Law Students > Job Search

Small Town Firm-Should I?

<< < (2/3) > >>

Well, I'm already taking barbri (which b/c of no job I'm paying for myself).  I'm already committed to take the bar in the state.  I'm perfectly fine with being limited to this state for 5 years until I can get reciprocity.  So the location of it is fine, other than it's not near much. 

My concern about the location is that I think that there will be NOTHING to do.  It's not a career concern as much as it is a lifestyle concern.  Also, I'm interested in doing a specialized kind of law (more of a policy/public interest kind of thing) later on, which would mean I would need to get close to a capital or a city that has options with that kind of work.  But, that's further down the line. 

I can see benefits to this job.  It will pay decent, which will get me through the bad economy.  It'll provide me good experience in a more slow paced enviornment.  My only concern is I wouldn't want to live there forever.

Anyway, for a number of reasons, I want to be near something big eventually.  I'm not in a hurry for that, but I also don't want to take a job which will limit what I can do later on.

(On a side note, how normal is it to go from one law job to another?)

I think it is very common for lawyers to transfer jobs. The few firms I worked at as a paralegal (I am only in transition from 1L to 2L so I am not a lawyer at the moment so take any advice I give with a grain of salt.) However, the attorneys I worked under had  numerous jobs prior to ending up where they did and some of the lawyers I worked  for left for other positions. Once you have a few years of experience it is pretty easy to move around. 

Your certainly not locked into a town forever as long as your a member of the state you can go anywhere in the state you are in. A shi**hole town in California follows the same procedures and laws as L.A. or San Francisco and whatever California laws and practices you learn in the Shi***hole it will transfer to L.A. or San Francisco. I don't know what state are you in, but the same logic applies to every state.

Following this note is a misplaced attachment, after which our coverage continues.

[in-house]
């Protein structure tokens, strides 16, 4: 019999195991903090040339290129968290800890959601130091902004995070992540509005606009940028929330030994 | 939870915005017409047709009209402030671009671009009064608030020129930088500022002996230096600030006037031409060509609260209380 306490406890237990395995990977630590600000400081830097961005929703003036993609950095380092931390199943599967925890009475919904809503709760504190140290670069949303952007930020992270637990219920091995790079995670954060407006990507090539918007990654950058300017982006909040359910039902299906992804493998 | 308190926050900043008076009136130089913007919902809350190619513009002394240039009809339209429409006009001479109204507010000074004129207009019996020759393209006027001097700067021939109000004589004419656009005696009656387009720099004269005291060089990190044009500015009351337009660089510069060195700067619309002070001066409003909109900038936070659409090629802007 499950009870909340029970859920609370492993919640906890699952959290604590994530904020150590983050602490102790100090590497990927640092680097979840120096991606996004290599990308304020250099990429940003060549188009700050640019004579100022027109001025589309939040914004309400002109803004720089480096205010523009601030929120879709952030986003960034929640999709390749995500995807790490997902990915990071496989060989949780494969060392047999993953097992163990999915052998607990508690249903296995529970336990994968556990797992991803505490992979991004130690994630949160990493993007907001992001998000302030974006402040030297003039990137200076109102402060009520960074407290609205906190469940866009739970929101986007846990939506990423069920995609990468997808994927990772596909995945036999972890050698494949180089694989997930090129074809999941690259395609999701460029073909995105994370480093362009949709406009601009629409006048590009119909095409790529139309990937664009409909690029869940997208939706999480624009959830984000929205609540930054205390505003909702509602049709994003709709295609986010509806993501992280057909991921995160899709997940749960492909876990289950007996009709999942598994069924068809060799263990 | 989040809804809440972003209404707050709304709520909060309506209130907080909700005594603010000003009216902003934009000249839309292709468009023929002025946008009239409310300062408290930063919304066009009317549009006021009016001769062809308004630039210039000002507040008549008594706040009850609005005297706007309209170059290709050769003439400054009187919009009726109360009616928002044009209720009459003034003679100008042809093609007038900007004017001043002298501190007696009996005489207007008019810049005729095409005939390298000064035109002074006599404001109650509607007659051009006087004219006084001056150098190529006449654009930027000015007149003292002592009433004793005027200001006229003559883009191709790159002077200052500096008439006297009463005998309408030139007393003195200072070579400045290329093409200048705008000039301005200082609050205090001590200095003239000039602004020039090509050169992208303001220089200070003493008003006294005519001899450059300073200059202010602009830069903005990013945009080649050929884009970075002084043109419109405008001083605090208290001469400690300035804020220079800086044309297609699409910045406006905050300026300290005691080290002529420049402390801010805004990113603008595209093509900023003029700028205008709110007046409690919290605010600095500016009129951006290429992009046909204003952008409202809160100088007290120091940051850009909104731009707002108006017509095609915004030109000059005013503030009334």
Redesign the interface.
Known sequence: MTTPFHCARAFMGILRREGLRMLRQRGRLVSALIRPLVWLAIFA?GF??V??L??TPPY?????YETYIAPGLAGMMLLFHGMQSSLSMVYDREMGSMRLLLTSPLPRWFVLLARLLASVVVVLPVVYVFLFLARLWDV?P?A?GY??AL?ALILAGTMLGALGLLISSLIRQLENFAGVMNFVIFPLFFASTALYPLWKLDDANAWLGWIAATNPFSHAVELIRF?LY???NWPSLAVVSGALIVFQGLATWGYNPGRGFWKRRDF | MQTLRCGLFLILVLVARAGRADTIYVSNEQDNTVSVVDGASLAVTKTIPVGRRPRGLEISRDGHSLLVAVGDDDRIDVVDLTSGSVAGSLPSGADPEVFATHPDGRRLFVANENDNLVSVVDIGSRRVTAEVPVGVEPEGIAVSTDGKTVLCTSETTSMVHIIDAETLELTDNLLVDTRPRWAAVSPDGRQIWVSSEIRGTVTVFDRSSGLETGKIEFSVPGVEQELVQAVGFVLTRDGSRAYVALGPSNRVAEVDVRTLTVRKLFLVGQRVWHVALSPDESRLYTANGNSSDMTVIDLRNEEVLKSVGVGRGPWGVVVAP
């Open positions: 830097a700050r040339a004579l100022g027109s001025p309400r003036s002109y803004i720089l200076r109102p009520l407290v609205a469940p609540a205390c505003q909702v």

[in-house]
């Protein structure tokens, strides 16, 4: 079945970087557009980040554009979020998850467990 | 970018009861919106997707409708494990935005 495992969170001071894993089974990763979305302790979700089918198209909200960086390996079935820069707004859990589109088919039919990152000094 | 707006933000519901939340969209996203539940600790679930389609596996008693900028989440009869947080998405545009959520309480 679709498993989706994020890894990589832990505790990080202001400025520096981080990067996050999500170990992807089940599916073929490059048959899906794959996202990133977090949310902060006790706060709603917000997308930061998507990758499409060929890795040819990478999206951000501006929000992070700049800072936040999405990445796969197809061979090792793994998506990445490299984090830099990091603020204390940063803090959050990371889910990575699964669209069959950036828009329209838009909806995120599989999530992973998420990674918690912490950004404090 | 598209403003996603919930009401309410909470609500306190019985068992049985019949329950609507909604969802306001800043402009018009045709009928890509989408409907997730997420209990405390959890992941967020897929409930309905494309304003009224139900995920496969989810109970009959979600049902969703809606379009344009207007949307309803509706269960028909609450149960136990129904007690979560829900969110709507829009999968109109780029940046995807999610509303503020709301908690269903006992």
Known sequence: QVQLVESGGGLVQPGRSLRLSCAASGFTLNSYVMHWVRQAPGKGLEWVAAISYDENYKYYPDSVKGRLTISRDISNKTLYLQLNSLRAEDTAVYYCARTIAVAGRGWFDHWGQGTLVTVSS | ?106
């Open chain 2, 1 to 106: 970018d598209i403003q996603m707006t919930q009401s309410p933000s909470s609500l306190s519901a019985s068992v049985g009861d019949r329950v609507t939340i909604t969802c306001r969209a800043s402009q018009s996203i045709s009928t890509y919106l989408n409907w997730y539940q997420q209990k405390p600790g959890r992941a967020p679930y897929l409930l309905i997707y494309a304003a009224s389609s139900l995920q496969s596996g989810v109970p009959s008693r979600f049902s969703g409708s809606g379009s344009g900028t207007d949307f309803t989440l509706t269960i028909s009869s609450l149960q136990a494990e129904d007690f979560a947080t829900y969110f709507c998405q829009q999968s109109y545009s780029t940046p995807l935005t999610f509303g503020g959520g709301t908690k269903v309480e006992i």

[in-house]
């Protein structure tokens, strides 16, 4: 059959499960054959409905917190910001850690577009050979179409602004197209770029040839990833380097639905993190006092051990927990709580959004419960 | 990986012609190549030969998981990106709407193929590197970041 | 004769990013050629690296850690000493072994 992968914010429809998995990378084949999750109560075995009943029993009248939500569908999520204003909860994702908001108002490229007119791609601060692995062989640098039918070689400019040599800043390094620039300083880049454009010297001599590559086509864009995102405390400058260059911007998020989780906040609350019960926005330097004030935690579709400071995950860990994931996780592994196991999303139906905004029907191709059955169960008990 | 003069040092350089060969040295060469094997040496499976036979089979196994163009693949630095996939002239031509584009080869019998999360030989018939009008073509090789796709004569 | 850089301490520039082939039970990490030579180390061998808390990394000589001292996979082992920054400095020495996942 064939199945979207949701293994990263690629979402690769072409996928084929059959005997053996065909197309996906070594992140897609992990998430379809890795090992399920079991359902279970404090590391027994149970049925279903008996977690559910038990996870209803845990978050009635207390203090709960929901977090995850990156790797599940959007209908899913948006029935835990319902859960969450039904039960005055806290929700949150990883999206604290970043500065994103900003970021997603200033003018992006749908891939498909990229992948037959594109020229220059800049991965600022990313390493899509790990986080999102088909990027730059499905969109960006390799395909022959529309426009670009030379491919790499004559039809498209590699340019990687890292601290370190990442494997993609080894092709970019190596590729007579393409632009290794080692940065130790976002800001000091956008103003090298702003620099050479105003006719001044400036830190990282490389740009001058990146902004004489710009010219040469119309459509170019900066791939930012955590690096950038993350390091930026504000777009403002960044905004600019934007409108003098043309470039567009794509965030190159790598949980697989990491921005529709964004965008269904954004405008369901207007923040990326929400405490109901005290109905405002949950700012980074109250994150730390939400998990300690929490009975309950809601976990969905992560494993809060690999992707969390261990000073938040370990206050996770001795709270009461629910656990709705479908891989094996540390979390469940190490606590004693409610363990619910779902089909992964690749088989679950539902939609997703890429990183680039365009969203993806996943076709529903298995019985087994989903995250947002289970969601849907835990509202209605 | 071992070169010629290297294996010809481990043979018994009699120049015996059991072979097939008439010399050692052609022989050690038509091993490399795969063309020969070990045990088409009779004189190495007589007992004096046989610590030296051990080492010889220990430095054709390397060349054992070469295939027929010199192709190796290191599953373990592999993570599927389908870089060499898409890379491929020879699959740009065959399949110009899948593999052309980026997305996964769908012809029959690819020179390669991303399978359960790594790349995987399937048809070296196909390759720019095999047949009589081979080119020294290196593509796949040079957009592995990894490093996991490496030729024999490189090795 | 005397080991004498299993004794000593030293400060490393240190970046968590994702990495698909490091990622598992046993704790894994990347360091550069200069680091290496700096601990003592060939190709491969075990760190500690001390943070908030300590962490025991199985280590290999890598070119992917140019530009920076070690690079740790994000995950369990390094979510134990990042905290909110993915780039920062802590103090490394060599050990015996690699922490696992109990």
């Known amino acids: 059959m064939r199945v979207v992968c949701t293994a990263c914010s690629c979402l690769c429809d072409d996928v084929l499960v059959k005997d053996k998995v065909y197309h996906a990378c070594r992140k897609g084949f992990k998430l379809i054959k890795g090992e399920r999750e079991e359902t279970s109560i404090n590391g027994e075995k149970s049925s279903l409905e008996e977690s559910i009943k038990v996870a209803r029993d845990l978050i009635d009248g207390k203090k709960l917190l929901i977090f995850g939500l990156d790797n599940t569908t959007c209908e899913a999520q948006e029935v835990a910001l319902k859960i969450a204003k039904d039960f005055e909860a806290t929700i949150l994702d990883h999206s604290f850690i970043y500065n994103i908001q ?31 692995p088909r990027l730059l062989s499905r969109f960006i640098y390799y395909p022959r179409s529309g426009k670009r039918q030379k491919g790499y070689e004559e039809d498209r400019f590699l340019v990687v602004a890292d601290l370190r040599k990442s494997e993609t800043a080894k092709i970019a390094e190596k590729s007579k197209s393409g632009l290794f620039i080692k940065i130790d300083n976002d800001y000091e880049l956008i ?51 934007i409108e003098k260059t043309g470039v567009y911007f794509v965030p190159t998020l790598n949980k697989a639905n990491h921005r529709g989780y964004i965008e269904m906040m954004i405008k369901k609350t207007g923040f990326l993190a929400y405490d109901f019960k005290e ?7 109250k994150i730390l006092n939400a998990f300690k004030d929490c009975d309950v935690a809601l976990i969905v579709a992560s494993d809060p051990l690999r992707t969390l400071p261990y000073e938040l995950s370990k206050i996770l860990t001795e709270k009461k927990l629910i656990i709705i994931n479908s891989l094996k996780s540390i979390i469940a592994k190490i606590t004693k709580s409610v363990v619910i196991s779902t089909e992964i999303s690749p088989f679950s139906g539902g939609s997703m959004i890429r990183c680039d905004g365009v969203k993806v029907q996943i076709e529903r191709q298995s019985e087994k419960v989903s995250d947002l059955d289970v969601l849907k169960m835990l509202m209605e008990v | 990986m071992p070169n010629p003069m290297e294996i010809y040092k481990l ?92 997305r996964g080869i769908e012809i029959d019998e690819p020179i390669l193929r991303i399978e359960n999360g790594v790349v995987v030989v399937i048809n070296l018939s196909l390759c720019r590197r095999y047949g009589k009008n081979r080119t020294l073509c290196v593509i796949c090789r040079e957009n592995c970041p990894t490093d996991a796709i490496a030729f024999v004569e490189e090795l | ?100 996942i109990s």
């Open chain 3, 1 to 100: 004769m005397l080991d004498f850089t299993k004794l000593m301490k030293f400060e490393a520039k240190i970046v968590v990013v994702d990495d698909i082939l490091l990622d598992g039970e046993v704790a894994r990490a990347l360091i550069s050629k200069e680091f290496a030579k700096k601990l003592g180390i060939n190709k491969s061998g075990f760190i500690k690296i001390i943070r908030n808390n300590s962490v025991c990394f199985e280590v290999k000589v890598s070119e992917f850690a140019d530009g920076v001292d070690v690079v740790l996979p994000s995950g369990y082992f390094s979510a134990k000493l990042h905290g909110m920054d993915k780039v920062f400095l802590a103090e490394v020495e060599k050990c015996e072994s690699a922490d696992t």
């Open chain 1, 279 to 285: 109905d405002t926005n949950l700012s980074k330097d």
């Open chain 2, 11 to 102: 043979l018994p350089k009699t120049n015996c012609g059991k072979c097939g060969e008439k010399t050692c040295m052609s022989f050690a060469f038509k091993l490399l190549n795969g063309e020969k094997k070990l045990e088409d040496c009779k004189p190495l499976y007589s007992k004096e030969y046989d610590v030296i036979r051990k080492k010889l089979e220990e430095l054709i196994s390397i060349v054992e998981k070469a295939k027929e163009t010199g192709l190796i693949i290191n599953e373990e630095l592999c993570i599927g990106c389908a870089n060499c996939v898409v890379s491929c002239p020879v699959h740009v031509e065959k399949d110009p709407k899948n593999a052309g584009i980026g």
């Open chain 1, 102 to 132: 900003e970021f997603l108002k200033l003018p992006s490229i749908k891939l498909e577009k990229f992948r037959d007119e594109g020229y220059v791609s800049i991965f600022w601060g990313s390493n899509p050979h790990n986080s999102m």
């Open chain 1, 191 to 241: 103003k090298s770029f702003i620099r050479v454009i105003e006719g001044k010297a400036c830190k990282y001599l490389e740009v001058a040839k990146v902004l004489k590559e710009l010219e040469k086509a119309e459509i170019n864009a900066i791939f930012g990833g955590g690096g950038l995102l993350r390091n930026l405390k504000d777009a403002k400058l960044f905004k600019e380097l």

As Thane said you can probably make a lot of money and get your loans down in a small town, once you don't have financial pressures you can really find your dream job.  Just my opinion though.

Some firms do have "do not compete" clauses, but I think the largest legally enforcable one is within a 50 mile radius for 5 years.

Is this small town within an hours drive of a place you'd want to work?

Those aren't enforceable in California.  I imagine if it is in the middle of nowhere it is more than 50 miles from anywhere scooby would want to work, but it could be a factor. 

Thane Messinger:

--- Quote from: scooby21322 on May 26, 2010, 04:32:31 PM ---
(On a side note, how normal is it to go from one law job to another?)

--- End quote ---

As always, there are a few important qualifiers.  As a general rule, changing law jobs is not like changing jobs for everyone else.  During the first few years of practice, there's not much concern by way of lateral transfer: much of the hire will relate to the same factors as in the initial hire, with the addition of skills obtained from the first job.  (Consequently, recommendations from partners is crucial.)  As elsewhere, transfering "up" will be harder.

After those few years, additional concerns are posed--but the payoff is higher.  Those relate to the same questions of skill PLUS rainmaking.  In essence, which clients are likely to be loyal to you, and how much value will you add to the firm.

Yet one more qualifier, the more you practice, the more valuable your practice in that location and with that firm is . . . again on average.  And don't forget the ever-present danger of finding someone to settle down with (if, indeed, that hasn't already occurred).


[0] Message Index

[#] Next page

[*] Previous page

Go to full version